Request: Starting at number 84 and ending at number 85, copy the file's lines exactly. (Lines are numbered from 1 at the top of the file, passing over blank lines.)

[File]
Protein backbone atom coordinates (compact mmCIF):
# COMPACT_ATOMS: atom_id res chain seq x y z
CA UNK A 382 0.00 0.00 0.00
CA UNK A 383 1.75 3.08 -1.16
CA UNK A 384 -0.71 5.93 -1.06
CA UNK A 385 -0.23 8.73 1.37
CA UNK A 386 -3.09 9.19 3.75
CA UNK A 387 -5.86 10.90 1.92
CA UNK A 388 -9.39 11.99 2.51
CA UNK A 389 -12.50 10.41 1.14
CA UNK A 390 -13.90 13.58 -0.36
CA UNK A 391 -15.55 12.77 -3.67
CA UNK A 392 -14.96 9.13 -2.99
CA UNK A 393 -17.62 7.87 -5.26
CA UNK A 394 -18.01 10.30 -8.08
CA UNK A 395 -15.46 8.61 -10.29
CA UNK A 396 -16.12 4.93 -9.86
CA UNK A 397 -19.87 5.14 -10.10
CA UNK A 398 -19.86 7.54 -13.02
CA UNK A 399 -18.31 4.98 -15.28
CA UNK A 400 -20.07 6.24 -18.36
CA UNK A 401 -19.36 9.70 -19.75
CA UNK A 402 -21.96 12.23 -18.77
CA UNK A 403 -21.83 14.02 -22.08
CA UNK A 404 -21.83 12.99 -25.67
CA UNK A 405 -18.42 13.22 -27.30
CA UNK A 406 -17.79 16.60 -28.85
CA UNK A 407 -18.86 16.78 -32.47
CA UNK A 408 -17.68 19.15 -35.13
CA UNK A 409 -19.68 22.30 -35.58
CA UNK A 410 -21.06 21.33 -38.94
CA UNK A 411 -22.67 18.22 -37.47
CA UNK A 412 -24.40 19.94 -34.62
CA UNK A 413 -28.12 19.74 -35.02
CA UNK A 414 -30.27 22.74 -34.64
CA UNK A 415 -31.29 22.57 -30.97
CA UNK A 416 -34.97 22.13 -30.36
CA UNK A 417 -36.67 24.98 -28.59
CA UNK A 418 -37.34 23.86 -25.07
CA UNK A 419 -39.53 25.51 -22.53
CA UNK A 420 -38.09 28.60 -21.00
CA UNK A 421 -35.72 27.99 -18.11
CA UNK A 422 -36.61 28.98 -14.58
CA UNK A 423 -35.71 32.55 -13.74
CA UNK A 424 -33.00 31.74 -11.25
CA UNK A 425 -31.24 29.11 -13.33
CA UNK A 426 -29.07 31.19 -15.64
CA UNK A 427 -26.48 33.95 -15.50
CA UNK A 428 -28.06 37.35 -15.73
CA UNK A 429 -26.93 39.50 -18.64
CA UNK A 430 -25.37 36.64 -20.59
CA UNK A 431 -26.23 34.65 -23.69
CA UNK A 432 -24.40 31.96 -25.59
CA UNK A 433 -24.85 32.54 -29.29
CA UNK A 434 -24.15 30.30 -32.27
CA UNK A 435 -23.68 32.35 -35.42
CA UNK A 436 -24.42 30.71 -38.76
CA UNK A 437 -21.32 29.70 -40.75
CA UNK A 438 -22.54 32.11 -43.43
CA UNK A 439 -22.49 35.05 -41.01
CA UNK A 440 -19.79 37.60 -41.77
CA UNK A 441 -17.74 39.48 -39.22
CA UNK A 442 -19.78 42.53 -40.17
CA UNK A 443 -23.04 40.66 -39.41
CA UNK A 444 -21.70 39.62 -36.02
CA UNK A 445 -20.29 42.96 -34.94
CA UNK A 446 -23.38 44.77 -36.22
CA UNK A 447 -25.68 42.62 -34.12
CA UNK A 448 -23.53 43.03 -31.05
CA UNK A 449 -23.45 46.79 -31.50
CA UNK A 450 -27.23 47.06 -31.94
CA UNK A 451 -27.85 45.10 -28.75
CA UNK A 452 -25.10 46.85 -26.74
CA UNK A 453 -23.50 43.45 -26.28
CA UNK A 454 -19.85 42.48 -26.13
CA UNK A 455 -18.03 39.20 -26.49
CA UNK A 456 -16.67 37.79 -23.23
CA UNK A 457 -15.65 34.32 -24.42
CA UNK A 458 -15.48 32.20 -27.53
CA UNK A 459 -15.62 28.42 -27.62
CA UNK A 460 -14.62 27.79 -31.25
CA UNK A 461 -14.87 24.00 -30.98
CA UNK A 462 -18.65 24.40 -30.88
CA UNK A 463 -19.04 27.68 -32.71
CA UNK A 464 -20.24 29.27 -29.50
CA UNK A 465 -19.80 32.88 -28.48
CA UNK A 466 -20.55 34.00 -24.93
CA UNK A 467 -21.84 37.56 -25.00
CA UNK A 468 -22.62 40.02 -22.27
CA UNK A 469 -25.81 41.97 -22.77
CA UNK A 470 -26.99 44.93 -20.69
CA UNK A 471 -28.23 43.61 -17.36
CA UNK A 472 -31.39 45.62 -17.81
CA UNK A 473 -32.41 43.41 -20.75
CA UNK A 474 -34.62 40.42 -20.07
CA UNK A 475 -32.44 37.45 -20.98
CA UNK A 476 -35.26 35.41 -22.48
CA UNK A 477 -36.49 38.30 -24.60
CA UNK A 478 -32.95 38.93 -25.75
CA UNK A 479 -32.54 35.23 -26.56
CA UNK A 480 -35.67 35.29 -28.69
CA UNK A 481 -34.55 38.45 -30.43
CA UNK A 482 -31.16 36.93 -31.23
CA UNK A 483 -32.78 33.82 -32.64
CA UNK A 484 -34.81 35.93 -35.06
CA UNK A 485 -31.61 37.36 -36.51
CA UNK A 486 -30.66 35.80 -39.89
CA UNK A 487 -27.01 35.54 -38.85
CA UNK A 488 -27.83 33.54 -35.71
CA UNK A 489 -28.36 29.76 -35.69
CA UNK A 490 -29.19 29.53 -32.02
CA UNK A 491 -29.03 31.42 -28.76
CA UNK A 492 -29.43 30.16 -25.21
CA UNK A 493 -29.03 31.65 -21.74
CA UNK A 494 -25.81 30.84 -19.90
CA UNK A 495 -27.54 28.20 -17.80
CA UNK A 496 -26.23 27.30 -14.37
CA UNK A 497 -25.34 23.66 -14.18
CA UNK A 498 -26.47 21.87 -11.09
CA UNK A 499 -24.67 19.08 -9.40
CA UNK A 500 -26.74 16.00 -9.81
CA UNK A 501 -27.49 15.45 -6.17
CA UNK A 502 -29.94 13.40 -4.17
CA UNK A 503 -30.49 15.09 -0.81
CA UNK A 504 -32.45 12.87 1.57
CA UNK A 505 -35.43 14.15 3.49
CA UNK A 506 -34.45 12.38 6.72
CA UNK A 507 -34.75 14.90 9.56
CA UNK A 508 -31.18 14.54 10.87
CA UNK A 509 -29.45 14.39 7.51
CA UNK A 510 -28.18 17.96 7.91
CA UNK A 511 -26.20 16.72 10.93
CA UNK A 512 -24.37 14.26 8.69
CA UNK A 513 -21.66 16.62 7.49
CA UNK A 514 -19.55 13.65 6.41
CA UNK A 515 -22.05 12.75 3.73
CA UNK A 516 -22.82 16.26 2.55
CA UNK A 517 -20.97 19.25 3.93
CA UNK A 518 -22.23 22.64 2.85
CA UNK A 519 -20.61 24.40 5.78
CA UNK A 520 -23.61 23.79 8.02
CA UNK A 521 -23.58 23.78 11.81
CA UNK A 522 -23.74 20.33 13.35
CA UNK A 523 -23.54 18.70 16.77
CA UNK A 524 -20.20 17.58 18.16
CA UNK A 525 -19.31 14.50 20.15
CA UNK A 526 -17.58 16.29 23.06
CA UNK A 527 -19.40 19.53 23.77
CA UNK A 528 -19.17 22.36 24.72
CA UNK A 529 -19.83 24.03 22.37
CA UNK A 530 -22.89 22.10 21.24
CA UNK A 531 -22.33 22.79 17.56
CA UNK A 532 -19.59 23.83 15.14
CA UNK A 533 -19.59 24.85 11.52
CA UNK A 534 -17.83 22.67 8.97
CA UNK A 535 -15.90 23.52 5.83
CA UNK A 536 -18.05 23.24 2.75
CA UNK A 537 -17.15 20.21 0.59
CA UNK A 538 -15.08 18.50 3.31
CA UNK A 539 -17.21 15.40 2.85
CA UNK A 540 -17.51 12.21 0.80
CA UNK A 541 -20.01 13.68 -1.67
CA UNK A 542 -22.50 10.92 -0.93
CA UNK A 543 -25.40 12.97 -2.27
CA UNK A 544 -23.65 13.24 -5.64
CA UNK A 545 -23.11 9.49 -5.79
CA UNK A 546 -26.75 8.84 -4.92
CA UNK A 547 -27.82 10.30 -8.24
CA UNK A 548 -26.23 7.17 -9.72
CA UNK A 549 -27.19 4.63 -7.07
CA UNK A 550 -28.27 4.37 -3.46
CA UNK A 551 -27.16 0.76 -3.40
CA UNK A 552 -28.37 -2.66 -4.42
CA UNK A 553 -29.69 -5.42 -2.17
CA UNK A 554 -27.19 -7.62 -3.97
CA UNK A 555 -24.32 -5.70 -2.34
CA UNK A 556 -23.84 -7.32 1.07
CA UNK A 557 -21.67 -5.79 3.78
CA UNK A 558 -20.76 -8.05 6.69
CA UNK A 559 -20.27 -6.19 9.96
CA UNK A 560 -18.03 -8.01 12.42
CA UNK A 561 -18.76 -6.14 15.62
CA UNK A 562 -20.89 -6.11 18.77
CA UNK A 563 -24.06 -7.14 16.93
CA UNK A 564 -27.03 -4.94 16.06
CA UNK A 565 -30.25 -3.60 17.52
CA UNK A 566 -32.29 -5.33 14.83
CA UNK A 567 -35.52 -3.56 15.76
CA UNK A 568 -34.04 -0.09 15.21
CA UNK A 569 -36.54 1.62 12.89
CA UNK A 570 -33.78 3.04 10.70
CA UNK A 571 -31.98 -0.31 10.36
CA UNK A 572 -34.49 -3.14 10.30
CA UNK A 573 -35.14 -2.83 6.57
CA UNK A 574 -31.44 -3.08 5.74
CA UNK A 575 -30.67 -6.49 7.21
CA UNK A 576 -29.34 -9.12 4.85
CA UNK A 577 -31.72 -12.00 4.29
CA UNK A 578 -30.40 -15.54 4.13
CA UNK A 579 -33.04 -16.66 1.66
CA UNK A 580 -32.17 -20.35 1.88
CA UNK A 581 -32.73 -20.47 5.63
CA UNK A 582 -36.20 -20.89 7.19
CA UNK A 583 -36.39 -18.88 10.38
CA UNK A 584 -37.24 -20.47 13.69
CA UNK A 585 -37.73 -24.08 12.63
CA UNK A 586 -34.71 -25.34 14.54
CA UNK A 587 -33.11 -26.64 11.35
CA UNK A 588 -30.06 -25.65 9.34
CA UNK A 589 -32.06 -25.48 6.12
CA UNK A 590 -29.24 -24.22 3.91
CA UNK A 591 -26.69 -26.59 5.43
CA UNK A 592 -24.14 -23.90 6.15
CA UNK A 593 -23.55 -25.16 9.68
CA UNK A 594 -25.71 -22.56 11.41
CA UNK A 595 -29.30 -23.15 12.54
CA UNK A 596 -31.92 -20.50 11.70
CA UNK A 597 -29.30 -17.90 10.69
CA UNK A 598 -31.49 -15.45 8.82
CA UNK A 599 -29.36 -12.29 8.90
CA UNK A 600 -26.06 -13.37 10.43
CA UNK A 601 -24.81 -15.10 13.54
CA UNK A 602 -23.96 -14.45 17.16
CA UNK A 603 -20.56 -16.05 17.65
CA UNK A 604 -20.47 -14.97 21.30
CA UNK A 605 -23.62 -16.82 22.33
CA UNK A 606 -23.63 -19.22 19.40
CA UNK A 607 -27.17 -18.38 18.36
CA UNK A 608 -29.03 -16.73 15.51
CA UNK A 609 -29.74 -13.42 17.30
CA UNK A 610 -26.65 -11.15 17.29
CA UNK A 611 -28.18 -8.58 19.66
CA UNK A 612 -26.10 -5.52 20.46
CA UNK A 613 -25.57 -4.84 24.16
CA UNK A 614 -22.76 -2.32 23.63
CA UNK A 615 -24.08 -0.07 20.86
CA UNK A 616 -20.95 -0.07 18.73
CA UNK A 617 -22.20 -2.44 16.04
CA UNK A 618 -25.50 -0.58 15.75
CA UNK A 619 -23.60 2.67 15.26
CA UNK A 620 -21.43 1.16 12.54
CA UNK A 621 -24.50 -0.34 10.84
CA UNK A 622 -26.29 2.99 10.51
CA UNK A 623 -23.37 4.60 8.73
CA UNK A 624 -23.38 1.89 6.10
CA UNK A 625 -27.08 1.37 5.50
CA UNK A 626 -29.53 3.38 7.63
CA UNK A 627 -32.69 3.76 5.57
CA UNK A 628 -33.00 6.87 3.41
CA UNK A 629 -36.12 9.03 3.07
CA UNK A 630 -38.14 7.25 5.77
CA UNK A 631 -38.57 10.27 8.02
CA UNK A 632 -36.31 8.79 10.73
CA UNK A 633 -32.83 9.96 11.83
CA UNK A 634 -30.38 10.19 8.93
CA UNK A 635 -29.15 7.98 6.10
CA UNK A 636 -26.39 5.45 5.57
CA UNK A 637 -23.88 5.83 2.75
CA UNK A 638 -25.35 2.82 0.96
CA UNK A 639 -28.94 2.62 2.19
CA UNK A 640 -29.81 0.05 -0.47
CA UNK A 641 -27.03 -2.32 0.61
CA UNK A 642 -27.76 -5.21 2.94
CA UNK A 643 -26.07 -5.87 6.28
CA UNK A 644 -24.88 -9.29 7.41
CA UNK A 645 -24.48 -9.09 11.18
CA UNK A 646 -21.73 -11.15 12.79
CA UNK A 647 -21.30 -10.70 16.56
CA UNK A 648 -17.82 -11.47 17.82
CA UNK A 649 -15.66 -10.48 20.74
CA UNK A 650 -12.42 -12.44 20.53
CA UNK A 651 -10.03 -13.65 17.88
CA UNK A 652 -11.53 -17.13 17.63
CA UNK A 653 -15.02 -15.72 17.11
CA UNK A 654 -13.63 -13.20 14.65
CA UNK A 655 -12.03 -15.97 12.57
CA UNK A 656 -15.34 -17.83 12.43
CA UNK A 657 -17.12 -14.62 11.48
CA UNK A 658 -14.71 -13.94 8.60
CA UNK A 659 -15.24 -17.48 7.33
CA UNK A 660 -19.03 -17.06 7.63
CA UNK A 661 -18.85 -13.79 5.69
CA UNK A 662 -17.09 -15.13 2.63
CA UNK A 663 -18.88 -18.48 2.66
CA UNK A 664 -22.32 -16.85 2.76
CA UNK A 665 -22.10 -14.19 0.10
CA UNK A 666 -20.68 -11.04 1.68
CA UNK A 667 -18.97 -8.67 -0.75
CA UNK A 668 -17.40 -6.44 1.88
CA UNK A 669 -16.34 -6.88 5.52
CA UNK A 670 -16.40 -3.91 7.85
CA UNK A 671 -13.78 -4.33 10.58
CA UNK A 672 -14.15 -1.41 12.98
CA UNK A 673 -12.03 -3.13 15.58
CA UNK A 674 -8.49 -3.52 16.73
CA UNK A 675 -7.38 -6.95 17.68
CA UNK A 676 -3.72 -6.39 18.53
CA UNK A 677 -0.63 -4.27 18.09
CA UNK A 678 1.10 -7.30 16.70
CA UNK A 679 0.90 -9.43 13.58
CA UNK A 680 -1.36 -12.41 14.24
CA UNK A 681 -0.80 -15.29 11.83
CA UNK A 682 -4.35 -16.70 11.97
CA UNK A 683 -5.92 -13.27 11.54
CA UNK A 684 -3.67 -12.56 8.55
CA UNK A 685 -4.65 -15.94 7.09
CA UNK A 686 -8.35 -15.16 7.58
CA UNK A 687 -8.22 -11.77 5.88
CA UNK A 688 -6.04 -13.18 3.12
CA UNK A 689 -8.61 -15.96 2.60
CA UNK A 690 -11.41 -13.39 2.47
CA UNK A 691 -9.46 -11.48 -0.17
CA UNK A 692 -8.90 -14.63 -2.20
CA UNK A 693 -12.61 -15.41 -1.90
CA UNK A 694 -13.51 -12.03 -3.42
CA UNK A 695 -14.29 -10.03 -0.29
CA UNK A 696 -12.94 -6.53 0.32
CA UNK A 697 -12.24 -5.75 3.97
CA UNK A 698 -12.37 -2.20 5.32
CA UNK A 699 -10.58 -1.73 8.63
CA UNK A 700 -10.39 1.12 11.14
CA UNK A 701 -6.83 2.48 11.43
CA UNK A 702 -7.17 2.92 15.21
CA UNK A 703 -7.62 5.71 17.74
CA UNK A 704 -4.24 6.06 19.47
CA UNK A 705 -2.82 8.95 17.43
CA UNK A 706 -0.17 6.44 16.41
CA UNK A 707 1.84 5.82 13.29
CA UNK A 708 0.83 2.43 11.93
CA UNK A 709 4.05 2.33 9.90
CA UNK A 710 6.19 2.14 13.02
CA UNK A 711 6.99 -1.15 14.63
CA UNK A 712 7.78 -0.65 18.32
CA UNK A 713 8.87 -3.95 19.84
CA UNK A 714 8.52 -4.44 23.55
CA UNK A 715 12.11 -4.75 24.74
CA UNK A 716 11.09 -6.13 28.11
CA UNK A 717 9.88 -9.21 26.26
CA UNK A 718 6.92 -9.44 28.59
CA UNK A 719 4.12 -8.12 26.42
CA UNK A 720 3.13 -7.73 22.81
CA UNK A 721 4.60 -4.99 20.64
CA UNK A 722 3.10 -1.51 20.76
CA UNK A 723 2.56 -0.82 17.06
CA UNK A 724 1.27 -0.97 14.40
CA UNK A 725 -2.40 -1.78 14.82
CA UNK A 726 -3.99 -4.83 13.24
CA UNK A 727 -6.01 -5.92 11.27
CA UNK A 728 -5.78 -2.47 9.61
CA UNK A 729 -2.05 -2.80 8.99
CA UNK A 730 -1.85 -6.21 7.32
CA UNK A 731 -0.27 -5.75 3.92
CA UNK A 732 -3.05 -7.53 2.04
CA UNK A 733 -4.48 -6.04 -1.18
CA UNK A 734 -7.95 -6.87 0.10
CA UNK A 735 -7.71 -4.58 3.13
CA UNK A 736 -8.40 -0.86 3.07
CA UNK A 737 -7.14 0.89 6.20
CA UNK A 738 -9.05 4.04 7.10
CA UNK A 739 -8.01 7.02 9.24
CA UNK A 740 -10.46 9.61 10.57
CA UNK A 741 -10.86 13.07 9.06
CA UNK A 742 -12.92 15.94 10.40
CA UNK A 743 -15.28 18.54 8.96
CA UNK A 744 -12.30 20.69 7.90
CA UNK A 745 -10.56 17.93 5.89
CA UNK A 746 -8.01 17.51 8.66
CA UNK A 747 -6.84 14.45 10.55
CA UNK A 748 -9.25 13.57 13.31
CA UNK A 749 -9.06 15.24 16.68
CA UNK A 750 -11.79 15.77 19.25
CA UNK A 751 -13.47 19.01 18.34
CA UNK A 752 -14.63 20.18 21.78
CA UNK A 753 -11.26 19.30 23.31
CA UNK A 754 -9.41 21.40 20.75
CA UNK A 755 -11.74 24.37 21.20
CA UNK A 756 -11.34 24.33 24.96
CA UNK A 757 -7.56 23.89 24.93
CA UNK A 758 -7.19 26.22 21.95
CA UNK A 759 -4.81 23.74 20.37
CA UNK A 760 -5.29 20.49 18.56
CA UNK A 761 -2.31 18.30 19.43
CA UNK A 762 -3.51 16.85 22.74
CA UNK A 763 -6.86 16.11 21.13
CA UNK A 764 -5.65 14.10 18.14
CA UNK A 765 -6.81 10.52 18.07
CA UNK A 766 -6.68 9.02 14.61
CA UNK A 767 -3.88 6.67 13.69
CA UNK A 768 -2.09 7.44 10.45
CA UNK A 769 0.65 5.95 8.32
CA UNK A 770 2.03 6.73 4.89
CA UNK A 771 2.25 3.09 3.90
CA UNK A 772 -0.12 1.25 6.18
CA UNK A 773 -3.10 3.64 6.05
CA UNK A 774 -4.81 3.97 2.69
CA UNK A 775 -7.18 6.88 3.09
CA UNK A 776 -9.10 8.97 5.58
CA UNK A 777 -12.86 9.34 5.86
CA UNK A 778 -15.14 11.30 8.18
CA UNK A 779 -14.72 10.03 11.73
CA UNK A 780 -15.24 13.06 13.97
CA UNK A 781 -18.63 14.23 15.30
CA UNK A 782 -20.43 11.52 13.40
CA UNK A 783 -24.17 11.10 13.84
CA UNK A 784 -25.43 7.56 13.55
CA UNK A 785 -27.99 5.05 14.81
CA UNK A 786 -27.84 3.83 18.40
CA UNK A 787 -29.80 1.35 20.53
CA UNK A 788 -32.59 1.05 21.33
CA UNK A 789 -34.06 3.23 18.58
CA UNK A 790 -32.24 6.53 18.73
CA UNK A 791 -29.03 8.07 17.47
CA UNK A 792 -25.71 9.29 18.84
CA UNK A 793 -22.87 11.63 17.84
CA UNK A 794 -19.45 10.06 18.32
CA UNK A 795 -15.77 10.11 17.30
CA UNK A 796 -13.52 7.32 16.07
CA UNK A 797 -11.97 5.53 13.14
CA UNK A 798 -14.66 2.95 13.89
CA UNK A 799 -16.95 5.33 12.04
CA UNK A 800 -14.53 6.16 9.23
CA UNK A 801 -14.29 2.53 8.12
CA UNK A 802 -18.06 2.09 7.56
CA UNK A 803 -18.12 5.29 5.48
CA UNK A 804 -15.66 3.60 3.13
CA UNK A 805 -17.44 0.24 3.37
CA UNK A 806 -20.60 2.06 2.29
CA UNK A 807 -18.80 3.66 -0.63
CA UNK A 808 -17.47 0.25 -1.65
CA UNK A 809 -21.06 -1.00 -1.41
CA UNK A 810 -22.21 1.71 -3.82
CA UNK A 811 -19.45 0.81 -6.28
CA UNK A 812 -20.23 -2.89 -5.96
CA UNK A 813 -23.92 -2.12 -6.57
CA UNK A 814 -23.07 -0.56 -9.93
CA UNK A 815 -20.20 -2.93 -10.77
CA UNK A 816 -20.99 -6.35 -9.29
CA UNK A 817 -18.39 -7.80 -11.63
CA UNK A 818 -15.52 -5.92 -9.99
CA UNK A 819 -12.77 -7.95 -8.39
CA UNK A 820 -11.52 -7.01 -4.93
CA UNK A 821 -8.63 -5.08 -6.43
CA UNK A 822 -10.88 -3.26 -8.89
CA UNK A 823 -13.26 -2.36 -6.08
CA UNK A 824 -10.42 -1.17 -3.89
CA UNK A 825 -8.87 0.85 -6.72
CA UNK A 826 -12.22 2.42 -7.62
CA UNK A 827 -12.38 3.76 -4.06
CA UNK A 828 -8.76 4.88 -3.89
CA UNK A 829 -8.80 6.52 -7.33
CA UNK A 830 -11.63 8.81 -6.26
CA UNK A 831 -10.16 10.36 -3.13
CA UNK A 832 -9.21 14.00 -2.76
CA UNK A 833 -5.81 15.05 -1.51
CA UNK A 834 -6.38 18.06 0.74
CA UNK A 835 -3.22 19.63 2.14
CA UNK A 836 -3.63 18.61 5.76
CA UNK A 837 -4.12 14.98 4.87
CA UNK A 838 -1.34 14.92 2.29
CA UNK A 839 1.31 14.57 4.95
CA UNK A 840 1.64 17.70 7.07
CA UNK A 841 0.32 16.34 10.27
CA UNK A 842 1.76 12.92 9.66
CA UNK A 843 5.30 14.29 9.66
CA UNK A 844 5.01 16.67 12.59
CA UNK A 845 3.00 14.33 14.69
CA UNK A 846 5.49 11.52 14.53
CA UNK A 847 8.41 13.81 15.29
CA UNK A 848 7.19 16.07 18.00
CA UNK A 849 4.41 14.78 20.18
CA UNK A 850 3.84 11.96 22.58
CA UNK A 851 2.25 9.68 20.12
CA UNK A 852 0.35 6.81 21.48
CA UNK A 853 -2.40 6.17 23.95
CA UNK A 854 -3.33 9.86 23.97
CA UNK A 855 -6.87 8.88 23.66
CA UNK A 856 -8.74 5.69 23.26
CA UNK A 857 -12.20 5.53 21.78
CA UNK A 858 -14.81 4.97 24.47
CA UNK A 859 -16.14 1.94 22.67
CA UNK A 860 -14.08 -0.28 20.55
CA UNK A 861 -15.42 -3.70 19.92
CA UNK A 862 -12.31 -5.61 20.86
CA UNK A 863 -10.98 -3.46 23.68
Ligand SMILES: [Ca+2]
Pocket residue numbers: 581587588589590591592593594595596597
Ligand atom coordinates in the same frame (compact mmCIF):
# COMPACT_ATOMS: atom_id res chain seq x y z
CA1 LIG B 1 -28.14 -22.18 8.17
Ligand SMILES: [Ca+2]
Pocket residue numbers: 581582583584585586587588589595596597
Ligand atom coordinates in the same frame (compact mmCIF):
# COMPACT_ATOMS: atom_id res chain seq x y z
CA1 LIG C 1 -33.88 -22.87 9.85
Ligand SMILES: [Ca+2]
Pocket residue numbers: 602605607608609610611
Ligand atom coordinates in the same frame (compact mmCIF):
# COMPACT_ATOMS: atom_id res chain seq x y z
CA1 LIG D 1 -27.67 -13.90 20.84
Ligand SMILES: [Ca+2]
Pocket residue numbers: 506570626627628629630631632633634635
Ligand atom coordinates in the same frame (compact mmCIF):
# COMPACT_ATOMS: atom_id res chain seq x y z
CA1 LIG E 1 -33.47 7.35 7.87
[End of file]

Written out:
CA UNK A 463 -19.04 27.68 -32.71
CA UNK A 464 -20.24 29.27 -29.50